Is It Possible to Estimate Financial Stress Before It Harms Borrowers?

Recent research has shown concerning levels of delinquency, default and rollover in digital credit markets. While these studies are useful, they are based on lagging indicators that look backwards and highlight borrower problems that have already been accumulating for some time.

By the time these indicators and studies are produced, significant damage has already been done to consumers, and lenders and supervisors can only take a limited set of reactive, corrective actions to mitigate customer harm and lender or financial sector problems.

Collecting and monitoring lead indicators that estimate financial stress before borrowers, lenders and the overall financial sector are harmed would make it possible to take more pre-emptive action. Little research has been done to develop tools to track such indicators, but a financial stress early warning system that CGAP is piloting with digital lender 4G Capital is showing early signs of success.

What is a financial stress early warning system?

A ride-hailing driver checks his app beside his car in Nairobi, Kenya.
Photo: Tony Karumba via Communication for Development Ltd.

The initial concept for a financial stress early warning system was inspired by the famine early warning systems that have helped countries around the world to identify food insecurity risks months or years before a crisis hits and avert famine. The idea was to build a system that would similarly enable lenders and supervisors to monitor a small number of lead indicators of financial stress at low cost for all customers or a sample of them, helping lenders to avert repayment problems within their portfolios and supervisors to preempt market-level issues.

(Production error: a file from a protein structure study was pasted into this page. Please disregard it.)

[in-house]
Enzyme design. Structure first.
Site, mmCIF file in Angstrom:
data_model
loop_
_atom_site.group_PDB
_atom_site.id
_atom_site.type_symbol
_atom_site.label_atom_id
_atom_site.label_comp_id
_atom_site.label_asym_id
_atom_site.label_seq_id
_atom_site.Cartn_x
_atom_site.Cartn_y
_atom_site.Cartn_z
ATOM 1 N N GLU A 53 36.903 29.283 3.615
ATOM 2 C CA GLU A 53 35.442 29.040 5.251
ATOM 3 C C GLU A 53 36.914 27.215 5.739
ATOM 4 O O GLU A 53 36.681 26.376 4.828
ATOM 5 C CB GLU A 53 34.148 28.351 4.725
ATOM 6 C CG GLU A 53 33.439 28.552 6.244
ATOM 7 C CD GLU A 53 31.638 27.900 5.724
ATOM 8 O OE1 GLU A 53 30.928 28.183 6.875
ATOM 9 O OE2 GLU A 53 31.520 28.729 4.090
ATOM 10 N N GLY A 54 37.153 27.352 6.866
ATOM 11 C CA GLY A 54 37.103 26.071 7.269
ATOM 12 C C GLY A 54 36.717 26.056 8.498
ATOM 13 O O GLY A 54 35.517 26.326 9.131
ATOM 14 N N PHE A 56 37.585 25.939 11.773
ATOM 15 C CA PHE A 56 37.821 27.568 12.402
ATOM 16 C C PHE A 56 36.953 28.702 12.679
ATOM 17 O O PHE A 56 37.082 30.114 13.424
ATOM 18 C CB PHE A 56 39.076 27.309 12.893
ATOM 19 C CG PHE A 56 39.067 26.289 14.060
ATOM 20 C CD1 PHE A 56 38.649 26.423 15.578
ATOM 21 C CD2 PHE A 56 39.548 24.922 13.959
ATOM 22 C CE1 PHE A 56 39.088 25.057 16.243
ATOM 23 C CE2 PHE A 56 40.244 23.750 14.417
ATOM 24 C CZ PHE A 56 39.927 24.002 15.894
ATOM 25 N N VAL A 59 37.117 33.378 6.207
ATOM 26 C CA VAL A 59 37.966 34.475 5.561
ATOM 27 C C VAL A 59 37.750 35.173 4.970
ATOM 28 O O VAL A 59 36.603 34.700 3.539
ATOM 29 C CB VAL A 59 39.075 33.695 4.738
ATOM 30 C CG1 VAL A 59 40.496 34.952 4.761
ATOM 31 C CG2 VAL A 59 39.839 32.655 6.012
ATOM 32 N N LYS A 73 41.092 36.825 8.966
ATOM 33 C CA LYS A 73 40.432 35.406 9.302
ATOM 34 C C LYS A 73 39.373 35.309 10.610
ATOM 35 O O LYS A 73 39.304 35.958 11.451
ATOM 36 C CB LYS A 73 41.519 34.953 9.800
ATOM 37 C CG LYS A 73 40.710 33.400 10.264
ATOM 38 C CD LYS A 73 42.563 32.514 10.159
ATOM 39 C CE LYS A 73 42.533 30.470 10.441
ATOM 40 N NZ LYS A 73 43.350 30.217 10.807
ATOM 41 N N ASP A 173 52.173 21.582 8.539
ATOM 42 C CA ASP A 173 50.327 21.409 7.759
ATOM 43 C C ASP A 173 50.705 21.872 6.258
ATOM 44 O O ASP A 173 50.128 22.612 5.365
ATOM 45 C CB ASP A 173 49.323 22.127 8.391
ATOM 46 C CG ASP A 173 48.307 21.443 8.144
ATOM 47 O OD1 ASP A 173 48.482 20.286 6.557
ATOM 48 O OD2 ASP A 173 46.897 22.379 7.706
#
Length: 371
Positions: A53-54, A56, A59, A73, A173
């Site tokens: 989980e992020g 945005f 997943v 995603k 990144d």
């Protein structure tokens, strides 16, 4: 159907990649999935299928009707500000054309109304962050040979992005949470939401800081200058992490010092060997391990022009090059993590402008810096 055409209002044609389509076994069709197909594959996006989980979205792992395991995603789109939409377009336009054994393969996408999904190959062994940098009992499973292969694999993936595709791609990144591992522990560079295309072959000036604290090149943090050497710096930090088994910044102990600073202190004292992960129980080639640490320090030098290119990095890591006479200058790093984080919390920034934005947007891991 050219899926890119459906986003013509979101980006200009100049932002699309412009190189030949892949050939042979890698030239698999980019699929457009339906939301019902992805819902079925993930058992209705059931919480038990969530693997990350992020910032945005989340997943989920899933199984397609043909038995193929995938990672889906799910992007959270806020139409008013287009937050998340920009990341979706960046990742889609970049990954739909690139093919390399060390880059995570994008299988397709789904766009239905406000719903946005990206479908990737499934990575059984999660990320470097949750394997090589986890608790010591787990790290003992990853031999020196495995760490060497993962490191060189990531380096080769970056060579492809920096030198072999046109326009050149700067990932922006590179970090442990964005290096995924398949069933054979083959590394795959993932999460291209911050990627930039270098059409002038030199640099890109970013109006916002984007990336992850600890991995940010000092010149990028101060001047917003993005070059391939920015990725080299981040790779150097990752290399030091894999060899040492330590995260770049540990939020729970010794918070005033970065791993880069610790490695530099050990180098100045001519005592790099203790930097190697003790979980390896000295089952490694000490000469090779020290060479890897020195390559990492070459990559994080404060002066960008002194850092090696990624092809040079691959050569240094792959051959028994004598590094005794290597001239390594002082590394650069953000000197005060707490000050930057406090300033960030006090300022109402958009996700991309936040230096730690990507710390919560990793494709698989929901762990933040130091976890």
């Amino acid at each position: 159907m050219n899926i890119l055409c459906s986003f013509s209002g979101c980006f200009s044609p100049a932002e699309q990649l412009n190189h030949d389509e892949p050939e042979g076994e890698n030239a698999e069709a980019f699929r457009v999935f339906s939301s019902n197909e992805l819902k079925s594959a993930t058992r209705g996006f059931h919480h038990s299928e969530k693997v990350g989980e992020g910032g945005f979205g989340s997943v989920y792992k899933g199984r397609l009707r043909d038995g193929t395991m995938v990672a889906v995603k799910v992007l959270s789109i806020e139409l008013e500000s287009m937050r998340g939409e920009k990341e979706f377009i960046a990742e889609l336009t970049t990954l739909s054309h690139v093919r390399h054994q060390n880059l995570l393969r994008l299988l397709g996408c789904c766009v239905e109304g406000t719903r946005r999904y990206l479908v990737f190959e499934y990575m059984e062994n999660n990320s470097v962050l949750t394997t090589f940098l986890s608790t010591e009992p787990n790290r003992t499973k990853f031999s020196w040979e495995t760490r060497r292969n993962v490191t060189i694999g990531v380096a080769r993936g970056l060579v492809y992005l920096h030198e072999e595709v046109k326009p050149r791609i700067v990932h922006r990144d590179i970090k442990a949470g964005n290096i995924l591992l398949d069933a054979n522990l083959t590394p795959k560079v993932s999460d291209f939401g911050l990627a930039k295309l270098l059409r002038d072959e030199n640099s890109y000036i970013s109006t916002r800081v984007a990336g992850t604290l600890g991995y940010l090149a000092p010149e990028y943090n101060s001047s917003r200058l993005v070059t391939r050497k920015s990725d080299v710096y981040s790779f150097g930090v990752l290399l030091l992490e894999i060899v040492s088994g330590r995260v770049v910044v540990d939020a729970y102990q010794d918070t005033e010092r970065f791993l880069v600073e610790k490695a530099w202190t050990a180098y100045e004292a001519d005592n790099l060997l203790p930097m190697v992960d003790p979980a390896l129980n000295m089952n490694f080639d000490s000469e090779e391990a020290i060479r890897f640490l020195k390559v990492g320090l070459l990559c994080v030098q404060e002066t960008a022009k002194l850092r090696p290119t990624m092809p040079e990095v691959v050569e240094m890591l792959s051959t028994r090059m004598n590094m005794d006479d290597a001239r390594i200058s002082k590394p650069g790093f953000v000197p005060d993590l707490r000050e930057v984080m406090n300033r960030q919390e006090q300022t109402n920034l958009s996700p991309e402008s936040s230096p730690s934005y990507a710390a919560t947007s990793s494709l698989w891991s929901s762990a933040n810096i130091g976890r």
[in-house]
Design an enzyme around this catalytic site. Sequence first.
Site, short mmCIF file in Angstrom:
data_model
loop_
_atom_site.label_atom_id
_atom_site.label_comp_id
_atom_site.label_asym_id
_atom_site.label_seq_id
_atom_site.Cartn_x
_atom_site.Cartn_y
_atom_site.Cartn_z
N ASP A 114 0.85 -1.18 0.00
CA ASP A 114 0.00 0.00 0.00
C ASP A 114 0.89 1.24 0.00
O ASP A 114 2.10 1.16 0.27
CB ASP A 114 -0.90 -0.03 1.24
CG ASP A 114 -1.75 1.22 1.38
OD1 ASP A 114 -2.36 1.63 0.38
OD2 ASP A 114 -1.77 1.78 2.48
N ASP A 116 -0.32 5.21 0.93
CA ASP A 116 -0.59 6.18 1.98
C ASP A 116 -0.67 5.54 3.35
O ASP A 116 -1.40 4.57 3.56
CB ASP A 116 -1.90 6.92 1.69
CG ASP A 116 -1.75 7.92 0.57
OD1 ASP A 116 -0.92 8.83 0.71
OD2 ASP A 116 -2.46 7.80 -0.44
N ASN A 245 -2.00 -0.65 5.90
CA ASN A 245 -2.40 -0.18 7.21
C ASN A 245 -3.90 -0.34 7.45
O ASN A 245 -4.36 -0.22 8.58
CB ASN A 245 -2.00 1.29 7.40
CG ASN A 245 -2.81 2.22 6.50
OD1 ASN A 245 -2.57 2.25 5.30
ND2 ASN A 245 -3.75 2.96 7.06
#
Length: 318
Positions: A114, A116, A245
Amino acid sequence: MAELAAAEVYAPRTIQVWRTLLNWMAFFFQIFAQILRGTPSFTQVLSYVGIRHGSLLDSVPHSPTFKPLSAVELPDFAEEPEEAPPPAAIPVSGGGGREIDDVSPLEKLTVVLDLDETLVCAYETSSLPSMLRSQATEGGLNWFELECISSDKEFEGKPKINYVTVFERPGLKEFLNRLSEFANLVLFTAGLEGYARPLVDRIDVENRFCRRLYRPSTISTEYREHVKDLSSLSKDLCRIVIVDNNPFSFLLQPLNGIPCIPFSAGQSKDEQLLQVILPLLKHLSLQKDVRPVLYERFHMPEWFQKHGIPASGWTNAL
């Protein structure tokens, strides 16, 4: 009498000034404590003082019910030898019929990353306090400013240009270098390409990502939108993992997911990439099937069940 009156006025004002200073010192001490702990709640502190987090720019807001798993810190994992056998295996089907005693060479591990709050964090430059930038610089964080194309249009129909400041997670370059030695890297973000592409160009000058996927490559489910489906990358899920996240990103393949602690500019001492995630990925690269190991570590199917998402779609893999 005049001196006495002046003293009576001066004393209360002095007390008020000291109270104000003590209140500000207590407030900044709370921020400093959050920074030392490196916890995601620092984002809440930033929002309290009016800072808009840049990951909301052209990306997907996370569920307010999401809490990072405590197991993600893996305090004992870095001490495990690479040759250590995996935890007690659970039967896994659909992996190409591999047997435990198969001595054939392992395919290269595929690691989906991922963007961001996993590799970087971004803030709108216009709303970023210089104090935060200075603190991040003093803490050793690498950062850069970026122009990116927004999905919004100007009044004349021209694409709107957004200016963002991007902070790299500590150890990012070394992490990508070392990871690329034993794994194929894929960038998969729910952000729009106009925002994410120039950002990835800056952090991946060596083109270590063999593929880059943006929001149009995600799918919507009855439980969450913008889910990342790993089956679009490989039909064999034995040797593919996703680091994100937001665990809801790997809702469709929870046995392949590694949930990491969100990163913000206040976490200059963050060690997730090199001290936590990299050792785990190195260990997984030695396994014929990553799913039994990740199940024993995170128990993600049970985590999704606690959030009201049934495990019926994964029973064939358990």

To test the idea out in the real world, CGAP partnered with 4G Capital, a Kenya-based digital lender targeting micro and small entrepreneurs. Together, over the past 9 months we have been developing and testing a customer financial stress early warning system in Kenya.

The system we are piloting identifies customer financial stress levels based on the coping strategies they adopt. People change their spending and consumption patterns in the face of financial challenges. These coping strategies may be mild, such as switching to lower-cost foods or brands or reducing spending on entertainment. Or they may be severe, such as pulling children out of school, skipping meals, or worse. The presence of these coping strategies indicates current levels of stress, and by tracking these indicators over time, we will be able to monitor whether stress levels are rising. Our hypothesis is that stress levels correlate with behaviors such as delinquency or default. The next step will be to confirm whether stress levels can estimate customer repayment behavior and be used to minimize or prevent over-indebtedness.

We are testing three ways of collecting data on coping strategies: SMS surveys, call center surveys, and in-person visits linked to existing staff visits to borrowers to provide business training seven days after loan disbursal.

What is the pilot data telling us about financial stress among digital borrowers?